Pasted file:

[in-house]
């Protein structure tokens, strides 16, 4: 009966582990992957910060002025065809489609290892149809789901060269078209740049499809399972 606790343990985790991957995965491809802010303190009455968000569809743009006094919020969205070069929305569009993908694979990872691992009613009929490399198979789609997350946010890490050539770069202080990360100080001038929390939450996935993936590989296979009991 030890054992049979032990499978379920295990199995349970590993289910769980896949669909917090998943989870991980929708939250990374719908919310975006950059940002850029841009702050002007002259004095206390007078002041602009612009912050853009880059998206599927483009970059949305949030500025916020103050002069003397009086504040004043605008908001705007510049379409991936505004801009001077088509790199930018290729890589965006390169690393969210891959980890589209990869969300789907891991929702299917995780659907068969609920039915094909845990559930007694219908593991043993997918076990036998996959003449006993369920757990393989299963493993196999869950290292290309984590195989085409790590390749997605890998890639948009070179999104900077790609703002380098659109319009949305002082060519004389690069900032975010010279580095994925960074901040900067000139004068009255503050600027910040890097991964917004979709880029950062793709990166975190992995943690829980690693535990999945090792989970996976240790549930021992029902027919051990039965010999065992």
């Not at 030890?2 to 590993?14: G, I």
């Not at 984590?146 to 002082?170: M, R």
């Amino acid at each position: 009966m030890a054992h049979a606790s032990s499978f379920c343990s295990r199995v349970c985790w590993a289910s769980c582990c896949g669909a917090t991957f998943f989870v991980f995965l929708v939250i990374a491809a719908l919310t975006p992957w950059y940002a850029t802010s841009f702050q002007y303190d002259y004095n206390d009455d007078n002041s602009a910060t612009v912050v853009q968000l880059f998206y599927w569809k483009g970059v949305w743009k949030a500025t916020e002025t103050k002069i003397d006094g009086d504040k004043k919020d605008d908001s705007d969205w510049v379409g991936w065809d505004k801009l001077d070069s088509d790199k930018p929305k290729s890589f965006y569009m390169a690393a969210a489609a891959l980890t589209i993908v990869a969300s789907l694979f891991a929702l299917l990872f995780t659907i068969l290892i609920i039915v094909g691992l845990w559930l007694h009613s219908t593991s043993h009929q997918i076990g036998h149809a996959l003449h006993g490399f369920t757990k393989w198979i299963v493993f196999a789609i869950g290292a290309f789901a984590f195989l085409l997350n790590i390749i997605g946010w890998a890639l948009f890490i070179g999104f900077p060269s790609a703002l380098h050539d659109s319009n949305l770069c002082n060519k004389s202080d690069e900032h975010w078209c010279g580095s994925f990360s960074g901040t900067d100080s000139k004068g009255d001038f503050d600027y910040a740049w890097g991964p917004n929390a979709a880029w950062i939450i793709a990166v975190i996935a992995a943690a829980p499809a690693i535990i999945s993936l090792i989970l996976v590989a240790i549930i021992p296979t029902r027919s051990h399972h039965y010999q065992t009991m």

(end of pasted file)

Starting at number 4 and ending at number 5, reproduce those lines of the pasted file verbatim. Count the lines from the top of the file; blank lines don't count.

């Not at 984590?146 to 002082?170: M, R």
């Amino acid at each position: 009966m030890a054992h049979a606790s032990s499978f379920c343990s295990r199995v349970c985790w590993a289910s769980c582990c896949g669909a917090t991957f998943f989870v991980f995965l929708v939250i990374a491809a719908l919310t975006p992957w950059y940002a850029t802010s841009f702050q002007y303190d002259y004095n206390d009455d007078n002041s602009a910060t612009v912050v853009q968000l880059f998206y599927w569809k483009g970059v949305w743009k949030a500025t916020e002025t103050k002069i003397d006094g009086d504040k004043k919020d605008d908001s705007d969205w510049v379409g991936w065809d505004k801009l001077d070069s088509d790199k930018p929305k290729s890589f965006y569009m390169a690393a969210a489609a891959l980890t589209i993908v990869a969300s789907l694979f891991a929702l299917l990872f995780t659907i068969l290892i609920i039915v094909g691992l845990w559930l007694h009613s219908t593991s043993h009929q997918i076990g036998h149809a996959l003449h006993g490399f369920t757990k393989w198979i299963v493993f196999a789609i869950g290292a290309f789901a984590f195989l085409l997350n790590i390749i997605g946010w890998a890639l948009f890490i070179g999104f900077p060269s790609a703002l380098h050539d659109s319009n949305l770069c002082n060519k004389s202080d690069e900032h975010w078209c010279g580095s994925f990360s960074g901040t900067d100080s000139k004068g009255d001038f503050d600027y910040a740049w890097g991964p917004n929390a979709a880029w950062i939450i793709a990166v975190i996935a992995a943690a829980p499809a690693i535990i999945s993936l090792i989970l996976v590989a240790i549930i021992p296979t029902r027919s051990h399972h039965y010999q065992t009991m």